Category: In Review

The Deliciousness of Truth

Black and Buddhist: In the face of white supremacy, Buddhism reteaches us how to relate to truth and to one another. By Pamela Ayo Yetunde

A Full-Bodied Dharma

Black and Buddhist: Contributors to this volume take refuge in embodied practice and in vibrant community. By Judith Simmer-Brown

Freedom Doesn’t Happen in a Day

Four voices celebrate the publication of Black and Buddhist: What Buddhism Can Teach Us about Race, Resilience, Transformation, and Freedom. Buddhism offers practical tools to work through intergenerational trauma. By Cheryl A. Giles

Waiting for Queer Theology

Queer Theology: Beyond Apologetics, by Linn Marie Tonstad, awaits a theology that moves beyond the narrow genres allotted to it. By Mark D. Jordan

Giorgio Agamben, the Church, and Me

Italian philosopher and political theorist Giorgio Agamben’s The Kingdom and the Glory, The Church and the Kingdom, and The Omnibus Homo Sacer, and Simon Critchley’s The Faith of the Faithless offer resources for exploring the connections between temporality, political community, and ordained ministry. By Charles M. Stang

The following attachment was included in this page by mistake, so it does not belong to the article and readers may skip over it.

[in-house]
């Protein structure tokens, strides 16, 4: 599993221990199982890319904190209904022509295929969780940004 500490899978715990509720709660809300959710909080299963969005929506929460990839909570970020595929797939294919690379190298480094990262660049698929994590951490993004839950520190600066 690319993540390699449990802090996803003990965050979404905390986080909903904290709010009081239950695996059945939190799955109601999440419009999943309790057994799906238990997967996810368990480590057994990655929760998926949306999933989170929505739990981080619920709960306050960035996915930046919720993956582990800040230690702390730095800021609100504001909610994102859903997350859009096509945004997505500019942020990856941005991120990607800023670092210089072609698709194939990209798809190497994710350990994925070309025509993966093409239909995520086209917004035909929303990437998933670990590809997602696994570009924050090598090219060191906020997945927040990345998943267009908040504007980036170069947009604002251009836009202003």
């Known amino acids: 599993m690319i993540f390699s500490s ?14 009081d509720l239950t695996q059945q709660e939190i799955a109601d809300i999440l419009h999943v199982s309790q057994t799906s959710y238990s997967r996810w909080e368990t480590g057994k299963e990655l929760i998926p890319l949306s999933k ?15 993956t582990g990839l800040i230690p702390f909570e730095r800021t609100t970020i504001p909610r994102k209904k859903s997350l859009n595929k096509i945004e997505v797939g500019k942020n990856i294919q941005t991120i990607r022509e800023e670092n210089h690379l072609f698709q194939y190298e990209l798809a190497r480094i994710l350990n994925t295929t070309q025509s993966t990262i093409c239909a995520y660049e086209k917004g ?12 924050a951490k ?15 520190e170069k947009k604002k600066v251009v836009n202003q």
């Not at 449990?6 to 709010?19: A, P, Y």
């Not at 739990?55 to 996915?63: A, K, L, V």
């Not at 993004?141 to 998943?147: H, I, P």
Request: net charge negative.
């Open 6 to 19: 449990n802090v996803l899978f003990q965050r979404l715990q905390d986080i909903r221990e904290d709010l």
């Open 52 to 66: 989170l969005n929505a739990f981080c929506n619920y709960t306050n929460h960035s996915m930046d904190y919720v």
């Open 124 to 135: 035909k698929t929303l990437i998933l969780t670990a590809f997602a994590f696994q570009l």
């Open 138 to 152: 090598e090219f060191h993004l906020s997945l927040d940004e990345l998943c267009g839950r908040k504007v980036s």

The Rise of ‘Spiritual but Not Religious’ Is a Story of Hope

Since the 2016 election, teaching Andrew Delbanco’s The Real American Dream and Catherine L. Albanese’s A Republic of Mind and Spirit has become more relevant and constructive, as this religious studies professor has come to view the rise of the spiritual but not religious as a story of hope. By Darryl Caterine

Apocalyptic Grief, Radical Joy

A selected list of readings, films, and art from the course, “Apocalyptic Grief, Radical Joy,” cotaught by Terry Tempest Williams and Matthew L. Potts

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